The West Bank
February 1, 1957
The water intake at Socrates and the River on the West Bank,
February 1, 1957, with the Mississippi River Bridge under construction in the background. From this intake
(and a second West Bank intake at Brooklyn and DeArmas Streets) raw river water moves through underground pipelines into the
Algiers Water Purification Station. Water from intakes at Oak St. and Industrial Ave. on the East Bank flow into the Main
Water Purification Station in Carrollton. After a complicated purification process, the plants pump clean water into the
distribution system and thus into the pipes leading to New Orleans homes and businesses. (NOPL)
The West Bank Expressway
View from the top of the Harvey
Canal underpass towards Marrero
Same view, March 1959
Photographs by Leon Trice
New Orleans Public Library
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Born in New Orleans on October 16, 1926 , Judge James August Comiskey served in the United States
Army during World War II, from 1944 to 1946. He received a B.A. from Loyola University New Orleans in 1949 and a J.D. from
Loyola University New Orleans School of Law in 1951. He was in private practice in New Orleans from 1951 to 1967. On
January 16, 1967, Comiskey was nominated by President Lyndon B. Johnson to a new seat on the United States District Court
for the Eastern District of Louisianacreated by 80 Stat. 75. He was confirmed by the United States Senate on March 2, 1967,
and received his commission on March 4, 1967. Comiskey served in that capacity until his resignation on June 15, 1975.
He was thereafter in private practice in New Orleans until his death in that city on February 1, 2005.
Photograph by Leon Trice of Pace Boulevard from General Meyer to Magellen Street on February 1, 1957.
Actor and comedian Garrett Morris was born in New Orleans on February 1, 1937.
Eleanor McMain High for Girls first welcomed
student on February 1, 1932. It was the only New Orleans public school
named for a living person, but an exception had been made to honor Miss McMain who had done so much for so many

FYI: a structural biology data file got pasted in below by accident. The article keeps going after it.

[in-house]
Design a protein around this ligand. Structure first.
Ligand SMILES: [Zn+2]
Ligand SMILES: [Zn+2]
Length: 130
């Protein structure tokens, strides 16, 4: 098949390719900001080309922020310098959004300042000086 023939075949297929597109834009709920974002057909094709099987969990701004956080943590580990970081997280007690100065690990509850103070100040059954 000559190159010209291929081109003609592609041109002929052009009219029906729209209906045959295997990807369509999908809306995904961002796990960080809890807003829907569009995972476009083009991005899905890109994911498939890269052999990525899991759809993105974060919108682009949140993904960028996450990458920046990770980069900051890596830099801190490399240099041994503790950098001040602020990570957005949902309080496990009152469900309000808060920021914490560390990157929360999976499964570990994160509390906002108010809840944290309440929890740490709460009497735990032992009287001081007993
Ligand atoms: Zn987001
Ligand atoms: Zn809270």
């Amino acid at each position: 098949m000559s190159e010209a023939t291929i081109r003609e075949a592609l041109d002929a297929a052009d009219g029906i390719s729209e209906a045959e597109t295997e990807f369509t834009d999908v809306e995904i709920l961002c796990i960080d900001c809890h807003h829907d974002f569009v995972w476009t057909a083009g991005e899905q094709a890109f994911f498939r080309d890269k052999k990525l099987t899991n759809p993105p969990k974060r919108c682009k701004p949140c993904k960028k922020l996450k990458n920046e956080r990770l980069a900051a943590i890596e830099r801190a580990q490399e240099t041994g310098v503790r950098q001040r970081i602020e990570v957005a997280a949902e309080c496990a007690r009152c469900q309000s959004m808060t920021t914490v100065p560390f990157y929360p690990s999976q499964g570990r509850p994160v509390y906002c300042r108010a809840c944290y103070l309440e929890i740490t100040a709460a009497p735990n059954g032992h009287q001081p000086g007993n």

through her work at Kingsley House in the Irish Channel. Under McMain's guidance and leadership,
Kingsley House had grown from a modest parish outreach program at 929 Tchoupitoulas of the Trinity
Episcopal Church parish to an internationally known settlement house. Elanor McMain must
have been bowled over by what Times-Picayun writer Podine Schoenburger described as the "new
high school which combines luxury with efficiency" in a symphony of riotous, splashing color".
BEER, William, librarian, bibliographer. Born, Plymouth, England, May 1, 1849; son of Gabriel and Harriet
(Ferguson) Beer. Education: local schools; Brussels, Belgium; studied medicine, Paris, France, 1872-1877; College of Physical
Science, Newcastle-on-Tyne, England, graduated in Mining Engineering, 1879. In business, Newcastle-on-Tyne, 1879-1884. Emigrated
to Canada, then to U. S. in 1884; travelled and worked in mining engineering in several states. Director of Topeka, Kan.,
Public Library, 1890. Removed to New Orleans, 1891. Director and major developer of Howard Memorial Library, 1891-1927; jointly
chief clerk (director) of New Orleans Public Library, 1897-1906, completing the consolidation of the Fisk Free & Public
Library with the Lyceum Library. Unmarried. Author of over eighty articles in books, encyclopedias, library and historical
journals including Louisiana Historical Quarterly, Library Journal, Architectural Art and Its Allies, Mississippi Historical
Society Publications and American Historical Review. Served on editorial board, Louisiana Historical Quarterly, 1922-1927.
Member of numerous bibliographic, library and historical societies, including Cottonian Library, Plymouth, England (board
of directors, 1869-1871), Devon and Cornwall Natural History Society (secretary), Louisiana Historical Society, American Library
Association, Bibliographic Society of America, same of England, American Folklore Society, Grolier Club of New York. Member
of Round Table and Pickwick clubs of New Orleans, Louisiana Lodge No. 102, F. & A. M. Died, New Orleans, February
1, 1927; interred Masonic Cemetery. C.B.H. Sources: Joe W. Kraus, William Beer and the New Orleans Libraries (1952);
Dictionary of American Biography, Vol. XI; Louisiana Historical Quarterly, X (1927); XI (1928); New Orleans Times-Picayune,
obituary, February 2, 1927; Beer Papers, New Orleans Public Library From http://lahistory.org/site19.php
On February 1, 1909, the Christian Science Monitor reported that "Two well-known
real estate men here have just paid $175000 for a tract of land on Gentilly road, about four miles from the business section
of the city, with the purpose of transforming it into a fashionable residential quarter". This would become Gentilly
Terrace, a neighborhood of impressive homes on the lake side of Gentilly Boulevard bounded by St. Roch and Franklin Avenues.
The homes were all the more beautiful by being built up high upon the terraced lots. Edward Lafaye, Colonel R. E. Edgar de